Unknown Speaker :

that

Stephen Gates :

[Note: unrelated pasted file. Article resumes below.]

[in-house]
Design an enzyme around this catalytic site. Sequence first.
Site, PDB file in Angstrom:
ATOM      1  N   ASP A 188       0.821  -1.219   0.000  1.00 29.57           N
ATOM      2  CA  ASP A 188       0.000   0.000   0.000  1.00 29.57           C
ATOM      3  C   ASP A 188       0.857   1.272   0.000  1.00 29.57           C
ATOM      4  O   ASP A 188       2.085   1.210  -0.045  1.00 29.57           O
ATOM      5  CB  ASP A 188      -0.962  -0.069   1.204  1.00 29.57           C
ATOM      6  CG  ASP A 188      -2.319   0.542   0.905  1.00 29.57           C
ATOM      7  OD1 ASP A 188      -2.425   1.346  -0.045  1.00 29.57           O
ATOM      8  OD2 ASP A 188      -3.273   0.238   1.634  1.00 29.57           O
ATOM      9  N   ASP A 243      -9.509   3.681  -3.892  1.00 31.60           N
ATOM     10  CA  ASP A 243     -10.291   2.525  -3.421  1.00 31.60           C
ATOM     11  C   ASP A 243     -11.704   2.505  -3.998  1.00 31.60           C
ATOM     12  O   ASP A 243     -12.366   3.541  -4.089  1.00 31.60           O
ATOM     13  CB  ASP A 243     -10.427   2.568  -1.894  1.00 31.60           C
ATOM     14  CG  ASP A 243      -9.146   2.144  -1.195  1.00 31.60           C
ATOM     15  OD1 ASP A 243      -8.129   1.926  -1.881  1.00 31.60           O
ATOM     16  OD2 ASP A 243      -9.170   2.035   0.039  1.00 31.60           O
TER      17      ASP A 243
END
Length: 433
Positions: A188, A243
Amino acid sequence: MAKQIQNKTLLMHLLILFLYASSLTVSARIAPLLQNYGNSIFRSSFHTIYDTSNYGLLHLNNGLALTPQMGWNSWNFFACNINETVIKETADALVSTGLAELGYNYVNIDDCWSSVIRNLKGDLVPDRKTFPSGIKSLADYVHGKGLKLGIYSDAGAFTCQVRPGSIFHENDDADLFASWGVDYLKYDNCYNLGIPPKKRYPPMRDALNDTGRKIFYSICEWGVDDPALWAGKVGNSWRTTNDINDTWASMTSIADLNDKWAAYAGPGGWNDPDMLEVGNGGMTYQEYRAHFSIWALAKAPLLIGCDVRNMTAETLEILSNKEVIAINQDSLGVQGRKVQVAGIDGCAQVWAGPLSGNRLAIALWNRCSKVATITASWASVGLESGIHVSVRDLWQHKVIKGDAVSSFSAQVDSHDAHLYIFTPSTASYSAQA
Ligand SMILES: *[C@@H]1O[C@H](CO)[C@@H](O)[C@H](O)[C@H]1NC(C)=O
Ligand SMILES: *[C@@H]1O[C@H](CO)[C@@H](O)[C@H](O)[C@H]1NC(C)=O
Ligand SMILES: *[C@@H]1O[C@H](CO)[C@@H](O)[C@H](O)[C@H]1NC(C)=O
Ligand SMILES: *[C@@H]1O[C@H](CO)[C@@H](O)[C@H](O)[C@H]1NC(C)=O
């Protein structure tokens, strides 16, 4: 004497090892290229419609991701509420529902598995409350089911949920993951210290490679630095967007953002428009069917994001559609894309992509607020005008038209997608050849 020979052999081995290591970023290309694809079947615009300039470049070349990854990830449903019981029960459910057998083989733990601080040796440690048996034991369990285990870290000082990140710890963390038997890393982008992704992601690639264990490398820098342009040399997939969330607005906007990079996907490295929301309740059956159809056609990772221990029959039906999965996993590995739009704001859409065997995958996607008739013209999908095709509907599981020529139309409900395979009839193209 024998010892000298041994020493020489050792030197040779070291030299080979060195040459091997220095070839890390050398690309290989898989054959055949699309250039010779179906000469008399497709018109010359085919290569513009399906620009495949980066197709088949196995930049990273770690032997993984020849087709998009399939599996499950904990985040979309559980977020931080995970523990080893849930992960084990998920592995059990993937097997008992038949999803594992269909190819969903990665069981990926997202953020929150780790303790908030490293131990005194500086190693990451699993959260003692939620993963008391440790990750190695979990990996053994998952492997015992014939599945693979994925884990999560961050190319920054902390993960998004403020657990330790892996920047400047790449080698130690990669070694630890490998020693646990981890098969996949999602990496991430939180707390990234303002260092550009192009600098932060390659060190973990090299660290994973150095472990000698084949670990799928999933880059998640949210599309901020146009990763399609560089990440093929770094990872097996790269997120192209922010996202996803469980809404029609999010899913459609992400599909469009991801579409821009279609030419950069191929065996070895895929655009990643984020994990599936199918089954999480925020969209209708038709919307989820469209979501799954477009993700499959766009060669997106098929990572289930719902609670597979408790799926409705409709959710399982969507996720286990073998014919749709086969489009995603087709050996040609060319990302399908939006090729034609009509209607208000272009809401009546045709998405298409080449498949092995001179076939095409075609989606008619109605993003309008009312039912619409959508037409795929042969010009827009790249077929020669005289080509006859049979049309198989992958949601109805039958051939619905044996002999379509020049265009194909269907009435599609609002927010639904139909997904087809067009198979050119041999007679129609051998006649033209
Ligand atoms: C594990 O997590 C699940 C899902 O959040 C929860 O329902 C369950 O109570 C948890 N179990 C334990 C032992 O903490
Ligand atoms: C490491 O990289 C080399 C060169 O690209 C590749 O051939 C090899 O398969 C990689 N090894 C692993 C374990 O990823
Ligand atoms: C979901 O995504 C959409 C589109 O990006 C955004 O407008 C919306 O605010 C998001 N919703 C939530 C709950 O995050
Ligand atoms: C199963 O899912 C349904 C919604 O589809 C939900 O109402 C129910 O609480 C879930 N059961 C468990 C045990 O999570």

W's don't just exist in the United States, they existed in Asia, they existed in Europe. And those were words that had no translation. And that they were something that you could understand and would kind of roll your eyes of the joke about whenever you wouldn't be able to see it. But whenever I got another languages, we had created this whole kind of nomenclature that made no sense in another language. So I think that's one of the things where you need to make sure that you're being thoughtful about where you're doing these sort of things. But again, I think like W is also a really good example because as you talk about animation, transitions, audio, different things like that, like we actually worked it out so that the animation that you would see on say, like a W hotels, much more energetic, much younger, probably faster, had a little bit more of kind of like a bounce to it whenever it stopped a little bit of that sort of like carryover motion versus if we worked on something like St. Regis St. Regis was more bespoke it was more heritage, the transitions were slower, the animations were smoother, instead of sort of like overshooting and snapping back the way the W would have that energy, you know, you'd get to a St. Regis and it would sort of do a really nice sort of elegant, ease out and just sort of settle into place. So I think that there are all of these things that can but the thing that I would tell you to do is to think about, what are the moments where you feel like you can really have that impact? Because the other problem is going to be? If you think that every touchpoint has this impact, then you just overwhelm people. So I think, look at the couple that matter. Look at the couple that you think people are open to it, look at the ones where you think you can make a brand differentiating sort of moment or experience there and put the effort there. I would probably argue navigation is more than likely not one of those, I think unless it's like the About Us section or something like that. Maybe you get a little bit there. But in general, like I said, be judicious about this. But the other big part of this is to make sure that you're again, being thoughtful. About that navigation. And I think that there were two big ones that I see on this right? I think one is to make sure that it is consumer centric, not business centric and the way that you organize it, because I think this is this is a big one, right? And it's one of the ones that interestingly, for me, I want to do design transformation work like one of the canaries in the coal mine, the coal mine that I look at, is the way a company really organizes its main navigation. Because the thing that you find is that if the navigation of the site mirrors the organization of the company, you're probably in trouble. Because what that means is that the work is probably incredibly siloed, that the navigation has been broken up so that each of these different teams can own this different part of the site, as opposed to if it's consumer centric, then you probably have a much healthier, much better organization, because it's much more blended in its approach. But I think that that's what I said is, on the one hand, it's a real interesting tell because as I've said before, like this is why I use phrases like the work is the truth. Because again, you can look at something like navigation on a site, and it tells you the truth about a company. It betrays and exposes the way that it's organized, it portrays and exposes its thinking. But this is also why it really betrays the customer interaction. Because you're forcing a corporate structure on a consumer interaction. You're forcing them to think the way the company is organized, not that the company is organized, or expressing itself the way it consumer thinks. And so again, I think, be thoughtful about that. But also be thoughtful about it. We'll get into this in the next question. I'm just going to touch on it now. Don't use a damn hamburger menu. Like they're just. You don't actually you don't let's just move to the next question. Because it's this. This is the part of the next question. So let's just go to that and we can explain as we go. The next question comes from Daniel Gill. And you'll see what I mean about linking these two together. So his question was, is there such a thing as necessary, evil InDesign. I've been seeing that the hamburger menu is much maligned in design lately, but Apple, Google and many others still use it. I wonder why the hamburger menu is an interesting phenomenon. I think the hamburger obviously grew out of it. So if you don't know what a hamburger menu is its design slang for anytime you go into mainly mobile experience or an app experience, and the menu is portrayed by three horizontal lines, and so everybody basically said that you know, that looks like a hamburger. It's the bun the meat in the bun right so that that is referred to in design slang as a hamburger menu. Just for those if you've never heard a call that mango press all your design friends, but hamburger menus are interesting. I personally hate them. I think that they are a lazy solution because they often become a dumping ground for out of control navigation. I think that they are the symptom of organizations and design teams that do not have the discipline or clarity to be able to narrow down The experience into something that is clean and manageable. And so I think as a result, I'm not a big fan of it. I know that you know, Daniel to your question, Apple actually killed them out of their design standards out of their Xcode library A few years ago, if you ever really amazing talent, there's a guy named Mike Stern, who is Apple's senior design evangelist. Go follow him on Twitter. He's an incredible resource for for to to keep up with everything that's kind of sort of going on. With apple in design. If you ever go to WWDC, he's more than likely the guy that you've seen on stage giving the design sessions. I've been incredibly lucky to have worked on him with him with a number of different projects. He has a really funny running vendetta and often several very kind of funny tweets about wanting to kill hamburger menus. But here's the bigger thing that I would say because I think to to sort of step back into the question you would ask you to kind of set are there necessary evils? I think that while you may look a hamburger is a necessary evil, I would make the argument to actually say there are no necessary evils. I think that there is a balance point, right? Because on the one hand, you need to pay attention to really what is the operating system design standards and patterns, because there is a reality that there are certain ways if you're on iOS, if you're on Android, if you're on mobile web, there are certain ways and certain standards and the ways things are built. That means that people understand what those are. So the lift on you is lower, meaning you don't have to come up with crazy icons, you don't have to come up with crazy things. Because if people see a certain icon, like if you see a gear icon, you know, it's for settings. If you see those three horizontal lines, you know that it's a menu, if you see a person, you know that it's profile. Now, those are cultural design rituals that we carry from experience to experience in this sort of digital world. They're all things that we've either consciously or subconsciously agreed to use to represent that thing. And so some of those are indicated and triggered by by people like apple or by Google with what they do with Android, for certain, you know, setting certain design patterns, so be aware of those. But I think the other thing is that don't ever feel like you're a slave to those. I can tell you, again, having worked with Apple, and Google and things like that, you can go in and break pretty much anything that you want. But as long as you have two very, very important things. One is that you have a reason why are you not going to follow the standard. And that too, you do it consistently, because the problem happens whenever you get inconsistency, where it's like, okay, we're going to break it here. But we're going to use the standard here, where I do something different here. But then another place, we're going to do it totally differently. So I think that there are really no necessary evils. And if you think that something is bad, like I said, I feel like hamburger menus are lazy. I think that they are not a good navigational experience. I think there are much better ways of being able to handle that. But that being said, I can be totally wrong. Maybe in your instance, it's makes complete sense. But if it does make sense, make sure you do it consistency consistently, make sure you do it smartly. Make sure that it is clean and clear. And then that becomes part of the motion of your app. Because that's the thing is I think, as long as a decent percentage are based in these sort of ritualized norms, where I can come in and understand it, then I think you're okay. I think if you break it in a few places, but you break it consistently, people will relearn. The problem comes in. And I think that that's This is why you see this debate between necessary evils and sort of just like wild design, is that if you're making me relearn something too often, or if the percentage I have to relearn is too big. You better be delivering candidly a shit ton of value for me to invest in this one particular special way of why you do things, as opposed to the fact that you could just lift literally just lift what other people are doing, and reuse it. So again, it's like so many of these things. The answer is yes. Use your brain. And I think that's the thing is decide what do you want to keep? What do you want to change? Whenever you do it, change it consistently having good logic and reason to do it, demonstrate it understand that there is a difference there, you might have to explain it. But I would also argue that for me, like tutorial screens are the ultimate. I don't know what they're the ultimate like white flag or sign that your design isn't very good, I guess. Because there are these things like the best interfaces I've ever designed are a balancing point between something that's new, grounded in something familiar, so that you can take something that people understand and evolve it, change it, tweak it a little bit. So as soon as they do it, it feels familiar. But it's all together something new. And I think if you're able to find that, then the necessary evils sort of go away, and they really get to just becoming something a little bit different. So we had those two questions which were interconnected. May were there one a one B, but again, I think, you know, this is the crux, I think as you look at design systems, which we'll talk about one of the later questions today. This is all something comes up. And I think this is where you need to have clarity about what is your opinion? What do you want to do? And because again, I know that the ones that just simply blindly follow. Like, the worst thing you can do is I don't know why if you're a travel company to try to design a travel app, like what you think Apple would want, they don't want that. You shouldn't want that. Again, is it all about best practices? Sure. But again, think about that. So actually, you don't let's reorder these. And so for the next one, as I kind of hit on design systems, I actually have a question on design system. So this one comes from a rune maracas on and this question is, what is your take on having design systems in a large enterprise setup. The advantages are having reusable UI components, which aids in consistency, usability and familiarity. This in turn helps designers improve efficiency, and focus on larger problems to solve agree with that. Disadvantages. Our designers sacrifice user context for efficiency and consistency. they're forced to pick up UI components from the available library. They start weaving the screens From the library set and stop solving user problems, so a ruin, I would say this is something that I've been focused on a lot over the past couple years for a few different reasons. I think one was over the two and a half years that I was at City, spending a lot of time and money and effort in developing the city digital design language, which is what's being used for all their new experiences, because I felt like the ones that they had had issues and we needed to evolve that. But I think also for me recently has been working to help to launch at envision our design system manager. So this is a space I've spent a bunch of time working on. So as usual, I have thoughts. Like I said, briefly, I completely agree on the advantages because I do think that having reusable UI gets you to consistency. We just talked about this in the last two questions. You need to be able to generate consistent experiences and this is increasingly challenging as we have multiple different teams. We have agencies we have multiple people in different locations, all working on the same thing, but the end of the day, it has to get stitched back together to look like one particular thing, too is that usability and from arity these are really sort of interconnected because usability I think, is really good. Because, again, if I have a design system, I can put research into it. I know it works. I have metrics that are signed against it, which then breeds familiarity. People know how to use this stuff. I think that with the disadvantages that you see, I would say that you might want to rethink the way that you've built or the way that you're using your design system. Because at the end of the day, you really have to balance consistency without losing creativity. This is the ultimate battle and doing something like this. Because if you think about it, we as designers need to think and evolve because we've gotten a little bit too caught up in the new in that every time we do something, even if it's something as goofy as designing a new button. We sort of like the end end, we've created every pixel, we've touched everything. We've designed every bit of it. And in a lot of ways the problem is as design has evolved, we've gotten To a place where we're being asked for speed, we're being asked for consistency, we're being asked to operate inside of organizations that want all those things, which means that a lot of that individualized design is not where we should be seeing success. And I think this is a challenge, because I've seen more than one designer who, whenever they start working with a design system will feel like it is the death of creativity. It is the death of design, because now they're just pulling pieces apart and sticking them back together. My argument to that has been two things. I think one is what I said before, if you built the system the right way, that is not true. But also again, the thing that we should mostly be focused on above everything is the experience that we are delivering. And at the end of the day, I would be much happier in designing something that really moves the needle that really helps my customers, as opposed to just designing a new button. So I think that as designers, we need to recalibrate what makes us happy and then it is not going to be that end to end design. much in the same way that if you think about it, not very Long ago, we had to rethink giving up pixel perfection, meaning that in many cases as we look at percentage based design grids, as we looked at, you know, responsive design, it is not about the fact that everything is going to look 100% the way that my comp does all the time because again, as we have percentage base wits and other things like that, things flex so the way our thinking is evolved there, it needs to evolve here. Now specifically to whenever I said, you might need to think about building your system differently. The reason why I say that is because whenever I built systems, I built it with atoms and so for if you don't know what atomic design is, I did a whole episode on it. Go back listen to it. short version is it basically is based on a lot of sort of like the idea of what happens in atomic physics, right? So that there are atoms, small building blocks, molecules a little bit bigger organisms a little bit bigger, and on and on, but these basic building blocks for much more complicated organisms as you move through the system. I build a system as atoms so things like colors, fonts, buttons, I build molecules. which are then simple combinations of those. And I build organisms, which are the key reusable parts. But I'll be honest that I stopped there. And I know if you read anything from Brad frost, if you're anything everybody else who does amazing work in this space, this is the part where I personally diverge a bit, because I have found that whenever you get into building templates and building pages, there are problems. One being that if it is an organization of any scale, you're never going to be able to build enough templates. Because everybody's always going to want something special, a little bit different. And to be able to say that we've thought through enough templates that we have every instance kind of covered is a little bit too hard. And I think if you try to then start forcing too many of those flows into these templates, it starts to become too cookie cutter or you start actually sacrificing you know, honestly, what, what is the best part of again, understanding and really looking at each flow. That being said, though, you can tip the other way and if everything is every single time, we're rethinking everything in We're just staying at the atomic level every single time. Again, you're not driving consistency. So it's the balance between those two of how do I build a system up enough? That No, we do not need to rethink, you know, an address input field every time? No, we do not need to rethink a calendar picker every single time. No, we do not need to rethink a navigation structure, like there are certain things that definitely should be standardized. But it really is this idea of like freedom and a framework. And I think that's what I want to look for. Because if you go too far, the other way becomes too prescriptive, everything becomes too templatized. And you're absolutely right, it kills too much creativity, and it makes your group look like a commodity. And this is where again, I tend to really focus is on what is the value proposition my team gives back to the company. And if it is that I'm just taking these parts off the shelf, and then all of a sudden, it's like, I don't know what WordPress or something where you just pick from a little bit of each column to put it together. Then we're losing the art and we're losing kind of the the innovation in this and then we're going a little bit too data blind or we're getting a little bit too lazy. So make systems that really work this way. Because the other thing that I've discovered is also, whenever it gets to templatized, or whatever it gets it the same thing. If you don't have atoms, and you only have organisms, the other thing that I've seen is your design system becomes an excuse. And it becomes an excuse for your design team, which is not what you would expect. Because they would say, Oh, I'd love to be able to solve this problem. But I only have these, whatever it is two forms to pick from. This is the one that is not really perfect, but it's it's the one that fits it the best. And so what happens with that I think this is what happened whenever I had gotten to city was that the designer we just had become an excuse. Because since they were so restricted, because they've been so templatized people are going off to start to build other systems, they were just simply being ignored. Everything was a one off. And so then we lost control of consistency, because we're trying to be such a police state around consistency. But this is that sort of thing of like finding that balance and find the balance with like I said that freedom and a framework approach. Give creatives the space to be creative, but also real align them around what actually matters. Designing a button is not what fucking matters. What matters is creating a really great experience, what create what matters is delivering, you know, things that actually solve problems for people. That's what matters. And again, you can work to be able to make button design and things like that better if you need to. But that's not what really matters at the heart of what we do. Create a team to be able to work on the system. So it's a living thing that can respond to problems. That's the other part of it is you create a system, and then just simply create it and then just put it out in the world without a way for it to evolve. It absolutely is going to struggle. Because again, there's going to be instances that you didn't think of, they're going to be things that need to be modified, there's going to be other stuff that comes up that needs to change. Somebody needs to own that it needs to be a living thing, because like I said, whenever you launch it, and it becomes this stagnant monolith, then it becomes really, really hard to work with. I would tell you to get a tool I personally would recommend the design system manager that envision is just launching because this helps you distribute and manage your design system. Because that's another part of it is to give it in to those designers to give it to those teams in ways that are easy to work with. But then also make sure that it gives you something that makes it easy for you to version it to push out changes, we got to push out updates to keep everybody on the same page in a way that is really easy for that team to be able to do that. Because again, that's where it can get a little bit ungainly and you can start to struggle. But the other big part of all of this we did I did not hit on is to make sure your tech team is working in the same way or all this can fall apart. If they're not using componentize code. If they aren't using that same approach if they aren't using a push model so that whenever you make a change in the code, it doesn't push down through the experience. You're still basically where you are a ton of rework a ton of inconsistency, and you're not really going to pick up the benefits that you should be getting from something like this. So the next question comes from Stephanie Lopez haina. That feels like one of those last names I may have mispronounced it ha why at a we're gonna say that. Hopefully that was right, but if not, she can correct I'll make it up to you somehow. But so Stephanie asked how to inspire change in small organizations, especially when you're at a new company. Because I think that she's going through this thing where she's It was a much longer question. So I'll summarize a little bit. I think that she's sort of feeling like she's incompatible with the existing process and structure that it seems like there's sort of a, you know that she is a strong proponent of design thinking that she had learned in school where it's this is all about collaboration, rapid prototyping, user centered design, but the company is much more about sort of that classically oriented approach with much more of a linear process where everybody just has stakeholder input. There isn't very much collaboration with the team and there is sort of that, that hierarchical need to know kind of horrible thing. So I think this is I think this is much more common than people think. I think it is not just something that is common to small companies, though, I think the thing that I would say is it is much harder to solve and make progress against if you're a small company. The reason why I say that is I think that if you're at a large company, it's very easy to find other people who think like you do, it's very easy to find a project that you can work on, start to do that show some success and work from there. The smaller company is really the limiting factor in this. And the thing that I say is that, you know, if you want to inspire change in any organization, there are really three things that you need to go back and look at. And so I would tell you to start with these things, three things, and I'll try to give specifics as I go. The first is to look at the tools you use. And so this is what are the tools that you're using that actually allow for collaboration. And this could be as simple as post it notes. This could be as simple as, you know, again, or using online whiteboards. Are you using, you know, Google Docs? Are you using, you know, our vert boards, which is a great way for us to be able to do things like that, but are you using things that encourage that? I think that a lot of it is looking at the space that you occupy? Are you doing ideation in one space? Is everybody really distributed? I mean, basically, are you setting up some space that is going to allow for ideation and conversation Which again, for small companies may not always be possible. But I think the biggest one really is it comes down to the norms that you establish, meaning that if you are a voice in the process, how do you start and again, the temptation here is going to be to boil the ocean, right? Like, let's change everything at once. That is not going to work, especially if you have somebody like this fewer people, smaller company, probably a little bit more in deeply entrenched ways of doing things. What I would tell you to do is to think about how do you find one part of the process, whether it's research, whether it's brainstorming, whether it's doing a whiteboard session to sketch things out, again, like you're going to know the people I know, some of those might be a wonderful idea. Some of them might be a complete dumpster fire. So what I would tell you to do is to think about the one that you feel like would probably be the most likely to be successful. And start there and try to bring everyone into the process where you are the guide, but you are asking them to voice opinion and because the thing is, this is that classic comfort is the enemy of greatness sort of moment. And I think a lot of people go like, yeah, that's the problem. But this is the other part of it is then in tons of people, I talk to tons of people, I coach, everybody wants to be like all for the problem and all for innovation until it's hard. And then all of a sudden, it's hard. This is the part where again, leadership and things like that, where the rubber meets the road. But find that one area, find the way where you feel like you can start to introduce them to something a little bit different. Now progress is going to be slow victories are going to be small, but what you want to do is to try to make some dent somewhere, get a little bit of success, then take that one thing and add on a little bit more and a little bit more and a little bit more. Because here again, as you've if you've heard the episodes or you talk where I've heard me talk about leadership, creativity change is like falling in love. It's a lot of little things that add up to something big. This is the epitome of that because I think what you can't do is just sit there and say, I have this way of thinking it's better. why doesn't everybody get with the program and just either judge them for it, belittle them for it, or again, just kind of like begrudge for the fact that they don't work the way that you do, they probably don't know any better. And the uncertainty of creativity probably scares the shit out of them. So I think this is where you need to be the strong one, this is where you need to be the guy, this is where you need to be the one who can get in. And like I said, try to make sure that as a safe space for them to be able to come in and do this. But to do it in a way where there's also going to be some output that successful because I think that's the other key part of this is that if you do it, and it doesn't really go anywhere, then you've got a really big problem. So it's kind of a generic answer. Again, if this is something that you're struggling with Stephanie, the same thing, like just reach out to me, because I think that there may be a place where you need to have a slightly deeper conversation. But that's what I would say is like, have a little patience. Understand the changes are going to be small, and start someplace where you feel like you can really make a dent and start to make a difference and start with that. But here again, this is why you've heard me talk in the past about whenever I talk about organizational change, I talk about it in the scope of years. Not months, not weeks, not days that do the average large organizational change, small organizational change is somewhere on the horizon of one to two years, which is where most people's eyes roll into the back of their head. But that's the reality that there it takes that level of patience to be able to get people to change. And so our final question is a bit of a fun one. And you know what, sometimes I like the people who don't I get a ton of work questions. I mean, like, I think that they're great. But I also think that a lot of what informs my perspective, I think a lot of what informs what I do is what happens outside of work. I think that the work is work is the product of a lot of other things. And so the question comes from Twitter, and it comes from somebody named Mac more. I'm assuming that I see here again, like nobody ever has it like nobody ever liked it like named Joe sends me a question. So this is m A with like a line underneath it. So I don't know if that's Mach, Mac. Anyway, somebody who knows that can tell me what it means. This is the show of I don't know how the hell they pronounce people's names. But the question was, how does travel inspire your Creativity and approach to work. And I think travel has been probably one of the most formative things about my work. It's been some of the most humbling things about my work because it opens you up to so many other things like I mean, the first place to travel I that I can remember had a really big influence on my work was that I've been working on American Airlines. We'd been hired and asked by Cathay Pacific to come to Asia, Hong Kong in particular, to help them with their brand. And I remember the studio we've been really, really successful with American after September 11, trying to rebuild the brand. And so we kind of felt like we we really understood this space. Took a bunch of designers did a whole bunch of work for cafe put it together. I got on a plane flew. I don't know what it was 1619 some crazy amount of hours, landed in Hong Kong went and did the pitch, showed them all the work at the end of which they very politely because the way that they are culturally, but they very politely basically said that this was cute, but it was what Americans would think an Asian Consumer would want, it may still be one of the most polite, yet devastating critiques of my career. Because it had never dawned on me being the very arrogant American, I guess I'm not sure quite what it would have been. Just think that kind of my singular perspective was the one that mattered that the way that I saw the world was the way that everyone else must see the world. And it sort of set me down a path because I think that in that moment, when you have that realization that you are not your consumer, that you're part of the world is not the entire part of the world, and that there are a lot of other perspectives there. I think travel then really becomes addictive. And so for me, travel is one of my greatest inspirations. I think I'm at a point in my career where I am ridiculously lucky. I mean, just to the point where I don't even feel like I deserve it sort of lucky that I'm able to travel the world, to do talks, to do speeches to do these sorts of things. And it used to To be, you know, I've just be happy if I could travel around the United States now it's kind of like where do I want to go in the world and and to be able to have people want to bring me there to be able to talk is just bananas to me. But here's the great part about travel. Because what I think that travel does so well is that it lets you meet new people. It lets you see new perspectives. And for me, it's the the fascinating thing is I don't care what part of the world you're from, I don't care what language you speak, I don't care, any of those sorts of things. We all share the creative condition and want to create ideas. This is again, why the people I tend to hang out with very rarely do the same thing that I do. They are a street artists, they're tattoo artists. They're chefs. They're like they're all but again, we all share the creative condition that allows us to be able to kind of be bound around that. But again, I think that the best ones that I'm around the best people in an industry that I see also really value travel. Because like I said, it brings in Those other perspectives. But it's what influences that creative process, which is where I start to really dig in and find fascinating. Because if we all say that, generally people have ideas sort of the same way, maybe the lens you look at maybe the way you connect the dots is a little bit different. But creativity is essentially creativity. And no matter where you're from the world or what language you speak, you can generally quickly bond around that. The influence in the variable then comes as you look at really the cultural and historical perspective that has that shapes those lenses, because, you know, this is why somebody that I meet in Spain or in Barcelona, it's why I end up going there so much. Because Barcelona in Spain, to me is really fascinating, because in a lot of Europe, if I go to Paris, London, places like that, in general generalization, you see work that is very similar, very similar quality and very similar perspective to what I find in New York and Los Angeles. Spain to me is very interesting because like Spain is much more insular. You don't tend to see women carrying Louis Vuitton bags you don't tend to see, you know, a lot of influences of a lot of cuisines and a dominant way. Spain is much more insular because you'll see them carrying Spanish designers, you see them valuing Spanish culture, you see them being much more closed off as the wrong word, but they don't simply look to other cultures to be their inspiration, in quite the same way. So as a result, I think the food that you find there the ideas that you find there, the people that you find there tend to be different than what you would tend to find in something like Paris or London or New York. And so those are the ones that I tend to really like to seek out. The ones that are wildly creative. I mean, look, the reason why I go to Spain is that these are people that value food and design. I mean, these are my people, like come on. And so but it is it's starting to look at the cultural input it's trying to look at like in Catalonia, they've been trying to secede from Spain for 400 years. It creates a very interesting mindset, and a very interesting history that influences their creativity in the way that they do things. You know, again, even in Spain or the unemployment rate for people under I think it's like 25, or 30 is almost 50%. Again, creativity takes on a very different shape. But in all of this, I would tell you to just travel as much as you can go to as many places as you can do as much as you can say yes to as much as you can to let it get you there. But it, it only works if you're open to those experiences, even if there is something new and uncomfortable because I know so many people who have traveled the world, but are not worldly. It's a little bit like in fashion. You can buy fashion but you have style fashion is what you buy style is how you wear it. Then I know tons of people who've been to tons of amazing places, and they ate at McDonald's whenever they got there. They wanted the same experience that they had at home, just in an exotic destination. For me whenever I travel, if I'm in Asia, I want to be the only Western face I see. I want to go places where is only locals, I don't want to go to tourist traps. I don't want to go to places where the menus are in English. I want to meet and become friends with local people I want to go where they go, I want to know what they think is good, not what they think I would like. Huge, huge difference. But it's amazing what happens when you travel the world, meet somebody new smile, stick your hand out and say, Hi, my name is Steve, what do you love? That approach to travel is what makes all the difference. That approach opens your eyes. It lets you see the world in a very, very different way. And that again, I think that absolutely makes your creativity and what you do infinitely stronger. Because your perspective is bigger. Your perspective is constantly changing. You're you're constantly seeing things in ways that you hadn't seen before. And that's how you grow. That's what we want as creatives that's what we want. I want to know that the work I do tomorrow is better than the work I do today. How do I do that? And so for me, this is the foundation of my career. My foundations aren't giving My ideas, this is why I speak this is why I do a podcast because it forces me forward. And whenever I force myself forward, I need to feed that space, I need to find new inspirations to do that. Travel is an amazing input into that. But travel can also be something it's much closer to home travel can also be, what is the circle of people that you have that inspire you? What are the circle of people who push you for who challenge your thinking? Because I think that's the other thing that I find is that also too many people rely on only going to go and get inspired wherever I go someplace different. You need day to day inspiration to you need people who are going to make you better push you to be better to do those sorts of things. And it can't just be that once a year, twice a year kind of thing. There needs to be the rituals you need to be and have those sort of people. So get on planes go places, do stuff that makes you uncomfortable order food you net you've never heard of or never tried. Just try it wants to see if you like it, and then see what happens out of that meet people whenever you go there. Put yourself If out there be vulnerable to be able to do that. But also think about like I said, What's the day to day version of that? How do you get that every week? How do you strike yourself with the people or find those or seek them out in a lot different forms. This is where social media is amazing. They don't have to be in your town. They don't have to be even in your country. But you can find these communities you can find your tribe and whenever you do, that's how so much of this creativity gets better. So hopefully you found these five questions viable Look, if you got any more send them to me I love doing these shows. I'm always happy to answer as many emails as I can as quickly as I can whenever people send them to you so if you got questions, bring them on. But like I said before, make sure you subscribe to the show so you get the latest episodes whenever they come out because I don't always do it on a completely regular basis. Whenever you're there. leave a review let people know what you think about the show. You can find more about the podcast related articles and notes from all of the episodes head over to podcast Stephen Gates calm Stephen as always as S T p h n gates GTS like that. Bill Gates No, I'm not a relation. Stop asking. Follow me on social media. You can like the show on Facebook, go search for The Crazy One podcast like the show. I'm posting articles and things like that. They're all the time ask me questions, email, social media, anything like that, feel free to follow me Instagram, LinkedIn, Twitter, those are the big ones. Sorry, I'm not friends with people on Facebook, unless we're friends in real life. Not a personal thing. That's just my sort of thing. As always, everybody down and legal wants me to remind remind you that my views are just my own. They don't represent any of my current or former employers. These are just my own personal thoughts. And finally, I say it every time because I mean it every time. But thank you for your time. I know that time is truly the only luxury that any of us have. And always incredibly humble that you want to spend any of it with me. So hopefully, this helped. Hopefully you send me some more questions and Until then, stay crazy.